OAKLAND, Calif. — DeMarcus Cousins spent his first eight seasons in the NBA chasing two things — peace and the playoffs.
After signing with Golden State as a free agent, the four-time All-Star center has no doubts he’ll finally find both, and that those will help dispel the notion that he’s a bad teammate.
“Just a chance to play for a winning culture,” Cousins said Thursday. “I also have a chance to play with some of the most talented players of this era. Those two things alone, that pretty much sums it up.”
Looking relaxed while sitting on a stage next to Warriors general manager Bob Myers, Cousins was at ease during a news conference at the team’s practice facility.
Golden State’s fiery big man seems content in his new surroundings and wants the hardware to show for it.
“Every guy said let’s go get another championship,” Cousins said. “They are a well-established team and they could have easily been like, ‘No, we don’t need him.’ But they were excited like a team that’s never accomplished anything.”
While his signing in Golden State drew mostly groans from around the NBA, Cousins didn’t need much persuading to join the two-time defending champions. He has never played in the postseason, is coming off Achilles surgery in January and didn’t attract much attention in free agency until signing a $5.3 million, one-year contract with Golden State.
From the Warriors’ side, it’s a case of the rich getting richer. They’ve won the championship three of the past four seasons with an attack heavy on perimeter shooting and defense. In the 6-foot-7-inch, 270-pound Cousins, they now have a dominant presence on the low block as well.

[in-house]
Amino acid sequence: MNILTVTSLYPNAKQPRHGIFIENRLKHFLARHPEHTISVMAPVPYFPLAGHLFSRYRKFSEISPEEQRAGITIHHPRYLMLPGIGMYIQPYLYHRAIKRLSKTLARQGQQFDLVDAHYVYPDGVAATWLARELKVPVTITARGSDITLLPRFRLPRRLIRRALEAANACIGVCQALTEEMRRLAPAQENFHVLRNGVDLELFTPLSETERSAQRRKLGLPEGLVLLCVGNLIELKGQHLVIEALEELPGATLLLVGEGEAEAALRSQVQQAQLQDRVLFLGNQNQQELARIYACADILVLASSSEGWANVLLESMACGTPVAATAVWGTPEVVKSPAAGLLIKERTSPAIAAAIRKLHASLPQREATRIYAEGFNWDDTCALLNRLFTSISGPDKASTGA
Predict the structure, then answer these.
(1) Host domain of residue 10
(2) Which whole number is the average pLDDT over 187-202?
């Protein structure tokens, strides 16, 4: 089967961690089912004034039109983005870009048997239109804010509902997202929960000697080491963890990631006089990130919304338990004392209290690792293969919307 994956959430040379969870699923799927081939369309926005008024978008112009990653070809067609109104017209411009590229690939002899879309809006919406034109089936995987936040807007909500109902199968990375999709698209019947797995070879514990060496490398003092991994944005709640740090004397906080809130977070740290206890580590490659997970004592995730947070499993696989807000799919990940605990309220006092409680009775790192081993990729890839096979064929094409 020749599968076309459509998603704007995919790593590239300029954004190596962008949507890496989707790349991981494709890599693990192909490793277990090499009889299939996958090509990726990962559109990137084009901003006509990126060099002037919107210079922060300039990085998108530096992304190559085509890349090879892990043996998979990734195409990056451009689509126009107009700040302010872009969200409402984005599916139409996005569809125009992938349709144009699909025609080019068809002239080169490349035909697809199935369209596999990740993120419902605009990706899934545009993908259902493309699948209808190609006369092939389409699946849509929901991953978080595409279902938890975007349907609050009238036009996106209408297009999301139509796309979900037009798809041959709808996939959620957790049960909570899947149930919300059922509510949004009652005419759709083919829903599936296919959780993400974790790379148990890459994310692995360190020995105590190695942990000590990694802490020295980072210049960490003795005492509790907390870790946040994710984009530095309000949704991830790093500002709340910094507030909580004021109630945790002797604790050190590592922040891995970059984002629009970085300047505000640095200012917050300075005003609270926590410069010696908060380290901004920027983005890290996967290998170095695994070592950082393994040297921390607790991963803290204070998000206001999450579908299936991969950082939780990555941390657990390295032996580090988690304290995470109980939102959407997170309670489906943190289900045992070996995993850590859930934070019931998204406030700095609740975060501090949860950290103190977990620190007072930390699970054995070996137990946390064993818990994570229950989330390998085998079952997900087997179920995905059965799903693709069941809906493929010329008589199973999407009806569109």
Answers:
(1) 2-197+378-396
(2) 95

“It’s a different dimension,” Myers said. “It’s not something that we’ve ever had as far as a low-post threat since I’ve been here. I’m excited. I hope he’s excited.”
Cousins averaged 25.2 points and career highs in rebounds (12.9), assists (5.4) and minutes (36.2) with New Orleans before getting hurt. He has been frustrated by the tediousness of rehab but is being cautious in his approach.
“I’m progressing weekly, which is a positive,” Cousins said. “As far as a timetable . to be determined. I have to be smart about it. I’m in a unique situation as well where I’m not needed right away. Time is kind of on my side so I have a chance to get to 100 percent.
“Making it to the playoffs won’t be an issue for this team obviously. Once the basketball part comes, everything else will take care of itself.”
A throng of media attended the news conference, flanked by 150 young fans who were taking part in a basketball camp held by Warriors. Cousins answered questions from two of the youngsters who were eager to know who his favorite players were growing up.
The 27-year-old with a quick temper and a history of piling up technical fouls at a rapid rate showed a playful side when he joked about the possibility of fighting with new teammates Kevin Durant and Draymond Green, two players with whom he’s had on-court issues in the past.
“Might as well,” Cousins said as the crowd laughed.
Cousins turned serious at one point when asked about reports that he had been offered a new contract by New Orleans before signing with Golden State.
“Only me and (Pelicans general manager) Dale Demps know what was said on the phone that night,” Cousins said. “We both know the truth and I’ll leave it at that.”
As for his new team, Cousins has assimilated quickly. He played with several members of the Warriors while winning a gold medal as part of Team USA during the 2016 Summer Olympics.
“Me and Draymond clicked right away,” Cousins said. “We’re two goofballs that like to joke around a lot. Same with KD and same thing with Steph (Curry). It’s a great group. I think we’ll mesh well.”
Until he is medically cleared to play, Cousins will continue to rehab and learn coach Steve Kerr’s system. He’ll also reach out to the Oakland community, something he made a quiet habit of while in Sacramento playing for the Kings.
“I get out in the ‘hoods,” Cousins said. “I want to go to the worst, the grimiest places. That’s where I want to be. Those are usually the kids or the communities that kind of get left behind or forgotten about. I feel like I was in that situation at one point. That’s where my mindset is and that’s what I stand for.” (AP)